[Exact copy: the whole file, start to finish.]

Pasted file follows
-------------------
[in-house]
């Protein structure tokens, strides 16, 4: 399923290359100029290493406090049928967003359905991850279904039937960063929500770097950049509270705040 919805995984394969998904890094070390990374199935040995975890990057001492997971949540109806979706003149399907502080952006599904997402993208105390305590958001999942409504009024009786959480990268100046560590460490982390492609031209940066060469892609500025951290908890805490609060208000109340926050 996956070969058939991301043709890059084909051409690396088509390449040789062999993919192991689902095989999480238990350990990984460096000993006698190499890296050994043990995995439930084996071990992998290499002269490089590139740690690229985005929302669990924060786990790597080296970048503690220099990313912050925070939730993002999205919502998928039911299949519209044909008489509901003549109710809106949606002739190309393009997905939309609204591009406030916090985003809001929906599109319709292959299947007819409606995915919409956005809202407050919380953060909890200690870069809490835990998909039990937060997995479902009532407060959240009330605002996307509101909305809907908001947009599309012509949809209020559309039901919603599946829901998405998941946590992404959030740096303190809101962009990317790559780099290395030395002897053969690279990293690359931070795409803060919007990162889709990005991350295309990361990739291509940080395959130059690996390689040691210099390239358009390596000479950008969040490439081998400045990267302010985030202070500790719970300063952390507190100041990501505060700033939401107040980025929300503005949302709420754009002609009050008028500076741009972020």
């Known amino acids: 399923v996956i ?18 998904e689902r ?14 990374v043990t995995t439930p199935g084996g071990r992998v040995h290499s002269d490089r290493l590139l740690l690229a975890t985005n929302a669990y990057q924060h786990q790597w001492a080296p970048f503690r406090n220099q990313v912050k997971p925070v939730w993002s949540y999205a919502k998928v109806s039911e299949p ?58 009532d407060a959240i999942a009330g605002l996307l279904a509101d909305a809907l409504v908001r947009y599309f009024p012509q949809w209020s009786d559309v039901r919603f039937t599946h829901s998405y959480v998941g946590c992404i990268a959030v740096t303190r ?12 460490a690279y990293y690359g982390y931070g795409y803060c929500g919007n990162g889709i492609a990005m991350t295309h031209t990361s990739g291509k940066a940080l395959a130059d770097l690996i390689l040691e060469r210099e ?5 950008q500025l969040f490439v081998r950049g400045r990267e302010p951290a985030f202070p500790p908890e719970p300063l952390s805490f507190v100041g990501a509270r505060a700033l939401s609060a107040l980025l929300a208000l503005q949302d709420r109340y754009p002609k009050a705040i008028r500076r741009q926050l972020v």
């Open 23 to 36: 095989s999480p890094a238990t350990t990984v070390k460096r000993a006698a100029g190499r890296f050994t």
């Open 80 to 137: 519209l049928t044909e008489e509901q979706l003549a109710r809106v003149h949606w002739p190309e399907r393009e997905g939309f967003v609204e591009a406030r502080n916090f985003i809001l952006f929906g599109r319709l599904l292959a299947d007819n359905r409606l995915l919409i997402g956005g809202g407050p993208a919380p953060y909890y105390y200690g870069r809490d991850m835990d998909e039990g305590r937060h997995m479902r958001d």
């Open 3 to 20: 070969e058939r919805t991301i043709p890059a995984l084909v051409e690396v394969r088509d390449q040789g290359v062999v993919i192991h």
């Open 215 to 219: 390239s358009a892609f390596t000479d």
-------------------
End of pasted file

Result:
[in-house]
């Protein structure tokens, strides 16, 4: 399923290359100029290493406090049928967003359905991850279904039937960063929500770097950049509270705040 919805995984394969998904890094070390990374199935040995975890990057001492997971949540109806979706003149399907502080952006599904997402993208105390305590958001999942409504009024009786959480990268100046560590460490982390492609031209940066060469892609500025951290908890805490609060208000109340926050 996956070969058939991301043709890059084909051409690396088509390449040789062999993919192991689902095989999480238990350990990984460096000993006698190499890296050994043990995995439930084996071990992998290499002269490089590139740690690229985005929302669990924060786990790597080296970048503690220099990313912050925070939730993002999205919502998928039911299949519209044909008489509901003549109710809106949606002739190309393009997905939309609204591009406030916090985003809001929906599109319709292959299947007819409606995915919409956005809202407050919380953060909890200690870069809490835990998909039990937060997995479902009532407060959240009330605002996307509101909305809907908001947009599309012509949809209020559309039901919603599946829901998405998941946590992404959030740096303190809101962009990317790559780099290395030395002897053969690279990293690359931070795409803060919007990162889709990005991350295309990361990739291509940080395959130059690996390689040691210099390239358009390596000479950008969040490439081998400045990267302010985030202070500790719970300063952390507190100041990501505060700033939401107040980025929300503005949302709420754009002609009050008028500076741009972020």
């Known amino acids: 399923v996956i ?18 998904e689902r ?14 990374v043990t995995t439930p199935g084996g071990r992998v040995h290499s002269d490089r290493l590139l740690l690229a975890t985005n929302a669990y990057q924060h786990q790597w001492a080296p970048f503690r406090n220099q990313v912050k997971p925070v939730w993002s949540y999205a919502k998928v109806s039911e299949p ?58 009532d407060a959240i999942a009330g605002l996307l279904a509101d909305a809907l409504v908001r947009y599309f009024p012509q949809w209020s009786d559309v039901r919603f039937t599946h829901s998405y959480v998941g946590c992404i990268a959030v740096t303190r ?12 460490a690279y990293y690359g982390y931070g795409y803060c929500g919007n990162g889709i492609a990005m991350t295309h031209t990361s990739g291509k940066a940080l395959a130059d770097l690996i390689l040691e060469r210099e ?5 950008q500025l969040f490439v081998r950049g400045r990267e302010p951290a985030f202070p500790p908890e719970p300063l952390s805490f507190v100041g990501a509270r505060a700033l939401s609060a107040l980025l929300a208000l503005q949302d709420r109340y754009p002609k009050a705040i008028r500076r741009q926050l972020v």
């Open 23 to 36: 095989s999480p890094a238990t350990t990984v070390k460096r000993a006698a100029g190499r890296f050994t």
């Open 80 to 137: 519209l049928t044909e008489e509901q979706l003549a109710r809106v003149h949606w002739p190309e399907r393009e997905g939309f967003v609204e591009a406030r502080n916090f985003i809001l952006f929906g599109r319709l599904l292959a299947d007819n359905r409606l995915l919409i997402g956005g809202g407050p993208a919380p953060y909890y105390y200690g870069r809490d991850m835990d998909e039990g305590r937060h997995m479902r958001d």
């Open 3 to 20: 070969e058939r919805t991301i043709p890059a995984l084909v051409e690396v394969r088509d390449q040789g290359v062999v993919i192991h």
């Open 215 to 219: 390239s358009a892609f390596t000479d």